Launching a startup can be overwhelming – from hiring the right employees, developing an effective and impactful website to sourcing business. With multiple initiatives competing for bandwidth, it's easy to neglect your organization's most valuable assets—intellectual property (IP).
Why Should You Have an IP Strategy for Your Startup?
IP is the foundation of your business, and ignoring it can be a costly mistake. The moment you begin laying the framework of your business is the moment you should develop a strategy for your IP. Organizations neglecting to ensure their IP is protected risk conflict and controversy, and possible loss of precious rights to the IP in question.
5 Steps to Ensure IP Alignment
Although there is no one-size-fits all strategy, the steps below will help you formulate an integrated strategy that aligns with your business goals:
- Determine your target market.
- Identify key technologies applicable to it.
- Pinpoint valuable IP you control for your company's product(s).
- Identify the organizations or individuals who may be filing and/or licensing or dealing in patents and other IP in that market.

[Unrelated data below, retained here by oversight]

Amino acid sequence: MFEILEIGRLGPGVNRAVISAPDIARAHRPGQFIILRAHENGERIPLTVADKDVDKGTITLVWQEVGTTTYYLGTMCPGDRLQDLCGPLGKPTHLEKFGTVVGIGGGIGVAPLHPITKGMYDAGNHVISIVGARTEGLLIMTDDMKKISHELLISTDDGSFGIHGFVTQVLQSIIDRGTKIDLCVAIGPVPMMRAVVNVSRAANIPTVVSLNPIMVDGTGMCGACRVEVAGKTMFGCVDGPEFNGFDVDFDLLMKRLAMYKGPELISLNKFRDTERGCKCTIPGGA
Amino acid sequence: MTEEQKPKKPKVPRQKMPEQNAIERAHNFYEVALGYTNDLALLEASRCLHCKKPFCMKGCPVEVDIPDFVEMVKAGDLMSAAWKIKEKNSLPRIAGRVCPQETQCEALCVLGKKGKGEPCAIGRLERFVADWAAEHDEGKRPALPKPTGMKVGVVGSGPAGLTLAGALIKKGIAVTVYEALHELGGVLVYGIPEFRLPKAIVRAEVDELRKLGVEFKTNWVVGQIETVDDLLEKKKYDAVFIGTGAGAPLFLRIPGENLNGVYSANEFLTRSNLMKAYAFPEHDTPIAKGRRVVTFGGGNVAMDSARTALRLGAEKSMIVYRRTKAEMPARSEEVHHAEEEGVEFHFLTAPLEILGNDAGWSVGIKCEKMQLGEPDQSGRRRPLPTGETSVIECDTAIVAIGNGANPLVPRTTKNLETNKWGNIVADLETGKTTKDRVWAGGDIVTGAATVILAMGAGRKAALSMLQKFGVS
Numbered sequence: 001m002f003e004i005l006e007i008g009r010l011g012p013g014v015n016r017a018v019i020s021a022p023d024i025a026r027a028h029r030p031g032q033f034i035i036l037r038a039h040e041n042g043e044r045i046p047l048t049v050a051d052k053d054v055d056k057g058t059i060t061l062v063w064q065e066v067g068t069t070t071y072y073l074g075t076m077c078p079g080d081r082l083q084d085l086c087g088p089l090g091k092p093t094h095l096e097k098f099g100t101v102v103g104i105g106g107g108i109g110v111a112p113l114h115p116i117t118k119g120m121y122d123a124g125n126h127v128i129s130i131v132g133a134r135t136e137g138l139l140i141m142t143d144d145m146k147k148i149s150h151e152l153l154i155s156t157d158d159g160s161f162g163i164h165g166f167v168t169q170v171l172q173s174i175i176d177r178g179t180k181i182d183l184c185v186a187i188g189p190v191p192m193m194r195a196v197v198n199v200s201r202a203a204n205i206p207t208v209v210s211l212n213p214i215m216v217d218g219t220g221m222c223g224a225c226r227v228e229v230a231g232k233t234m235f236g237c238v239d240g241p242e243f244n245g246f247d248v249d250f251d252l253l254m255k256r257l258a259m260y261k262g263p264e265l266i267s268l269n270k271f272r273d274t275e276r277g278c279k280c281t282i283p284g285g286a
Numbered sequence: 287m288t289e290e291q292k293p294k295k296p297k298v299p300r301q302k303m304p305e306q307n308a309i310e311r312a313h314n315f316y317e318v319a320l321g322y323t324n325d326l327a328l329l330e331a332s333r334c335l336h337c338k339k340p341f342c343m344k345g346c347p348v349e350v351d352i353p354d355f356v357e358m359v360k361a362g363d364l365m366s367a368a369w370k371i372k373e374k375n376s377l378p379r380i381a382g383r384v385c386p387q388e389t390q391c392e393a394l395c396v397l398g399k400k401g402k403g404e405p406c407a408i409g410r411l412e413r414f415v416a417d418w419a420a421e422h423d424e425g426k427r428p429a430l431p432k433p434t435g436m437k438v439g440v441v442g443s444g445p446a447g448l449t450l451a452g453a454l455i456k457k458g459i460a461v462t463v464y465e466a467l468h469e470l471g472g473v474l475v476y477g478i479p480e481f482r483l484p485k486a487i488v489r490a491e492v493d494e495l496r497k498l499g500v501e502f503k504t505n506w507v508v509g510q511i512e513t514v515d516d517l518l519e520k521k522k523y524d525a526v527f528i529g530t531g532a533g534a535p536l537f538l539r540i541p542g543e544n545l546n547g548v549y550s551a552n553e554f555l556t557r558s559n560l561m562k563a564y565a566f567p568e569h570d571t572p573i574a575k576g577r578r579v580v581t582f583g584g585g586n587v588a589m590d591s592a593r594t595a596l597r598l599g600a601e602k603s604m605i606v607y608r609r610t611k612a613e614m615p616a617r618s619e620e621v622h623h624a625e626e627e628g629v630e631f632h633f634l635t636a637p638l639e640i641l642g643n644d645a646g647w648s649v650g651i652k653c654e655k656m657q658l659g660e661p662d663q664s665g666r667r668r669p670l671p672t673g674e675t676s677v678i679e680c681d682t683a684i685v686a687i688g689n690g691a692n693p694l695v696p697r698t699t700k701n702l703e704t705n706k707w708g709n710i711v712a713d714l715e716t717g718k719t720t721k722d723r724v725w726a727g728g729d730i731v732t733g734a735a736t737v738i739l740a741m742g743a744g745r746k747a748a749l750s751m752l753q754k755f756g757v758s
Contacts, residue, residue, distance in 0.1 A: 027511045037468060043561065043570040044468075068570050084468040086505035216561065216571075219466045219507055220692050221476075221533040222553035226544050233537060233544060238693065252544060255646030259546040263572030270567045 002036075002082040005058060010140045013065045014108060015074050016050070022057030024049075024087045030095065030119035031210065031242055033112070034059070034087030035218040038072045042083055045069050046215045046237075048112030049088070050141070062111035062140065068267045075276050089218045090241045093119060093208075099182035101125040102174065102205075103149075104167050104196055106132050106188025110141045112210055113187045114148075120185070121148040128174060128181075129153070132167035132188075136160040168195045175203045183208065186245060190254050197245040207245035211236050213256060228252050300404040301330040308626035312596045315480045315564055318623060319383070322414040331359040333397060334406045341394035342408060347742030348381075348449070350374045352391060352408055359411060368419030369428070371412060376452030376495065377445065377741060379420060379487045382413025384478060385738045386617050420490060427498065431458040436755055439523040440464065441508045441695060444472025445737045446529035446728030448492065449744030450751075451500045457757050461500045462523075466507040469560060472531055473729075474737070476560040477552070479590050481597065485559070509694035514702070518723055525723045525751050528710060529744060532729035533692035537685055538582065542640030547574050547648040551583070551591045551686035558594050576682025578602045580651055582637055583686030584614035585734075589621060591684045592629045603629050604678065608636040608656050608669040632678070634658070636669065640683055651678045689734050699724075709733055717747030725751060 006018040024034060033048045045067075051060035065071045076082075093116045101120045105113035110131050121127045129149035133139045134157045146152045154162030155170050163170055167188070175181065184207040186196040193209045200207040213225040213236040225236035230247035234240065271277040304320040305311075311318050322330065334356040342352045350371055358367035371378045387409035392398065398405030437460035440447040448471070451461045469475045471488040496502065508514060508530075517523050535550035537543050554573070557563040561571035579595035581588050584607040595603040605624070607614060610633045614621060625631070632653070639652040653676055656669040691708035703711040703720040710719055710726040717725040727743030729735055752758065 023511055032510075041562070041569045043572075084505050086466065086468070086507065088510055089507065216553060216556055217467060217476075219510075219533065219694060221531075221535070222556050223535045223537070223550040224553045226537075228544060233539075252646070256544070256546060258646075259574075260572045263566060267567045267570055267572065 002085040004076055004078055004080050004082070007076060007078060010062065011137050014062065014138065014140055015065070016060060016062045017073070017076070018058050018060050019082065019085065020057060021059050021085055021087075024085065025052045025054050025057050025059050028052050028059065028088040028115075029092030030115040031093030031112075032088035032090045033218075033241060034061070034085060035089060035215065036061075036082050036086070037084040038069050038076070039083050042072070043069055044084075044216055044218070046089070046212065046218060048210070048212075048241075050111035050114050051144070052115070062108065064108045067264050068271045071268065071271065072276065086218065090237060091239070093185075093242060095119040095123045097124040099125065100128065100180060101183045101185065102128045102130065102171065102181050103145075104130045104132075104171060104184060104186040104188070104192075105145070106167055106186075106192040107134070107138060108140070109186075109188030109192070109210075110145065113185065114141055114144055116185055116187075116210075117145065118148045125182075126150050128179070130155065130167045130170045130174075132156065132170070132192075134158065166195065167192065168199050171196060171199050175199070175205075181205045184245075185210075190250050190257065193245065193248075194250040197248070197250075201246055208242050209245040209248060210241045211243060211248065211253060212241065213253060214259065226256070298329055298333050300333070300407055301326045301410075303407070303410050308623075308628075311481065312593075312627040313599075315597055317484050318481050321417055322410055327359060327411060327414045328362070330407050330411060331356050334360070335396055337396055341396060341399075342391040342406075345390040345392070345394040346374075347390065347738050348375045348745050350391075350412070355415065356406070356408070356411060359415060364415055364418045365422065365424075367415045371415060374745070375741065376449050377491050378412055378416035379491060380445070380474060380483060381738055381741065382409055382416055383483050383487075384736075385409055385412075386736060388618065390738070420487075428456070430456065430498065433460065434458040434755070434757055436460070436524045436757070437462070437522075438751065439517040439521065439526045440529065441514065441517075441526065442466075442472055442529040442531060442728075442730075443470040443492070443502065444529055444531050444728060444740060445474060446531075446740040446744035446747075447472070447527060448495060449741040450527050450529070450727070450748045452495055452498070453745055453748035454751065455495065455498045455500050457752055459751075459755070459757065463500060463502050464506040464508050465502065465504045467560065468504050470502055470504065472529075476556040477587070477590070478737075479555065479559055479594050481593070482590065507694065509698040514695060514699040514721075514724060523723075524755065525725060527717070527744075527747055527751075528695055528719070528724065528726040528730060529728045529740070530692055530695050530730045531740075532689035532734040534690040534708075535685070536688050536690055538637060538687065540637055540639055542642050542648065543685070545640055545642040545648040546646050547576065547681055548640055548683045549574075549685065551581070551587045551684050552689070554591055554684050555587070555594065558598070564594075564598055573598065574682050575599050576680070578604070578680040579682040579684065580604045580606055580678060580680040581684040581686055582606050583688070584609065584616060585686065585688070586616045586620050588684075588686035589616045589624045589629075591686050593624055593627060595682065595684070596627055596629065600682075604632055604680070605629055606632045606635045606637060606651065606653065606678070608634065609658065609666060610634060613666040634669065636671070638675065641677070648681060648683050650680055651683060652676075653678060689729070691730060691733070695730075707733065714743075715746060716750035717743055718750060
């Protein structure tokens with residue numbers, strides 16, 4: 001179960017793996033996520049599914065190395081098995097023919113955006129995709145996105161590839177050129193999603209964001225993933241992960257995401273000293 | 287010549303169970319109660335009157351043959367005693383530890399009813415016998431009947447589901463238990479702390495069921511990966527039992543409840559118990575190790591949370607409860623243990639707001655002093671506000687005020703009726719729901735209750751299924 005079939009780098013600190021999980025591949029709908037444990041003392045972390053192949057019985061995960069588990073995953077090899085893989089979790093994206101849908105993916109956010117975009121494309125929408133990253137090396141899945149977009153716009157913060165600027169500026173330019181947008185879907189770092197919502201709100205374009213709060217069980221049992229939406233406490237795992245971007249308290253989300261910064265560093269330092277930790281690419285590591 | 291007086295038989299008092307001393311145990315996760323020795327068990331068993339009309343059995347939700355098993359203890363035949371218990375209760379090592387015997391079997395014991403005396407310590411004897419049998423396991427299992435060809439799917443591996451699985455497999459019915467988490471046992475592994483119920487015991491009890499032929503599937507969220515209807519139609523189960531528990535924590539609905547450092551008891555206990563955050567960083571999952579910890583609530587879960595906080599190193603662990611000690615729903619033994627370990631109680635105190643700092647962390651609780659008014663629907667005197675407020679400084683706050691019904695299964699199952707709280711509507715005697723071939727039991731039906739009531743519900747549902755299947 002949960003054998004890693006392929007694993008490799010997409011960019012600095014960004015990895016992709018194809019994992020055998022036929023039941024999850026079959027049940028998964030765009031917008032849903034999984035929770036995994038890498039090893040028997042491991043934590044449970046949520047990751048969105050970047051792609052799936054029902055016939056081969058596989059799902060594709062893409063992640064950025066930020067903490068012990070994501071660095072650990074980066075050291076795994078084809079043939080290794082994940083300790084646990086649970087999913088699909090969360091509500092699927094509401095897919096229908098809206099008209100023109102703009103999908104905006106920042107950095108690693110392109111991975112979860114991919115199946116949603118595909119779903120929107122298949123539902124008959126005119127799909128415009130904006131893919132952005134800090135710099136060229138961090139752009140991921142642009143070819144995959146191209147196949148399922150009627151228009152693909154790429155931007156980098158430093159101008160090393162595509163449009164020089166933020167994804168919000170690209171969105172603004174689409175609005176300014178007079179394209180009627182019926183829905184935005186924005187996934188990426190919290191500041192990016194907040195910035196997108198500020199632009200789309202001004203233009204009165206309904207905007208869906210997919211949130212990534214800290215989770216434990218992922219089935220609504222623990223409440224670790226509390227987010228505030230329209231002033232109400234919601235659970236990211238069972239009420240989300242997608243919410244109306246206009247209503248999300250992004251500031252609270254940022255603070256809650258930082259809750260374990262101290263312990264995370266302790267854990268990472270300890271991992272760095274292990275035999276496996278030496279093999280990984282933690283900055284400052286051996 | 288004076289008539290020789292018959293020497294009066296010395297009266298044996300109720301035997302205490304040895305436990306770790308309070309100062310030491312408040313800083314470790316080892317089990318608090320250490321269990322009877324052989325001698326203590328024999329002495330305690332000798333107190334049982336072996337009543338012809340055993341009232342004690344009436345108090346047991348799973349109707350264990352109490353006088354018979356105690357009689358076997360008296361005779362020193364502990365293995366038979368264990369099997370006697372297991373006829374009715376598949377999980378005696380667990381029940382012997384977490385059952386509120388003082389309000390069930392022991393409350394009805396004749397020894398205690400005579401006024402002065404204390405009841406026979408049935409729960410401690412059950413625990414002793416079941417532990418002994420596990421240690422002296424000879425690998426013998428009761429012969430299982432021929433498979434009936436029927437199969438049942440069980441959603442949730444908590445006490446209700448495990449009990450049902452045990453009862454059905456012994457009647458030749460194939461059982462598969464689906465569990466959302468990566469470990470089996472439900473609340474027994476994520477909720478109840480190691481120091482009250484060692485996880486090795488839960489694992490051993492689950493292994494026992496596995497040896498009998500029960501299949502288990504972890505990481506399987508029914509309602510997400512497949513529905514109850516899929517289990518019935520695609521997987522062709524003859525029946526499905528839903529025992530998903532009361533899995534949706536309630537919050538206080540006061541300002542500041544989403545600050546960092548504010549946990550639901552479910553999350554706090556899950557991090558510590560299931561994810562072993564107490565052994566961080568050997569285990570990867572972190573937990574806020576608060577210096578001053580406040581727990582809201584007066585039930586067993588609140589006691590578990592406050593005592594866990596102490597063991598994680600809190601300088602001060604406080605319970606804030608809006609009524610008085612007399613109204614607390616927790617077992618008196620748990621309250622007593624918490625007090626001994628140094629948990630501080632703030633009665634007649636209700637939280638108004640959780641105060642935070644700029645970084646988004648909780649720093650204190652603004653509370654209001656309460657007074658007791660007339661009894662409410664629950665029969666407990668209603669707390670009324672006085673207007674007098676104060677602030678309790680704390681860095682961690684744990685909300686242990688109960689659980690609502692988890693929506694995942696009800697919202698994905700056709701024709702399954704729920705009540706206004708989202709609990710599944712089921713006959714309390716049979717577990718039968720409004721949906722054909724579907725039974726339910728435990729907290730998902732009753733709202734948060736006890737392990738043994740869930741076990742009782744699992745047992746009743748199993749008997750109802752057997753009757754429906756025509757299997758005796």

- Determine optimal strategies for protecting the IP you control.
At The Law Office of Philip P. Crowley LLC, we will thoroughly evaluate your business and guide you in the strategic development of your IP strategy. Our goal is to help you protect your IP, mitigate risk, align your business strategy with goals and objectives, and avoid future conflict and disputes.
It's Never Too Early to Set Your IP Strategy
Even if you are still in the process of developing your idea, IP is relevant. For example, if you are currently working for an employer and developing your idea on the side, the idea could become the intellectual property of your employer. Similarly, if you are working on the idea with multiple people, it is important to have clear written agreements in place, defining each contributor's IP rights. Failing to have proper agreements in place from the very beginning can result in controversy, conflict, and serious expense down the road.
Equally as important is to evaluate and understand the type of protection your IP requires. The copy of your IP strategy should integrate multiple factors, including your target market, your IP assets and your plan for commercialization. Patents, copyrights, and trademarks are all forms of IP, and an experienced business attorney can help you determine which type(s) are best suited to your unique needs.
- Patents: Patents offer the most protection, but the patenting process can be extremely costly and time-consuming, and not all inventions are eligible for this form of protection.
- Copyrights: Copyrights generally protect creative works, such as art, text and computer code, and obtaining a copyright gives you the exclusive right to make copies of the protected work.
- Trademarks: protect a word, slogan, symbol, or name that is associated with your business. For example, if your business is Bob's Twisty Pretzels, you might consider obtaining a trademark on the slogan, “Get twisted with Bob.”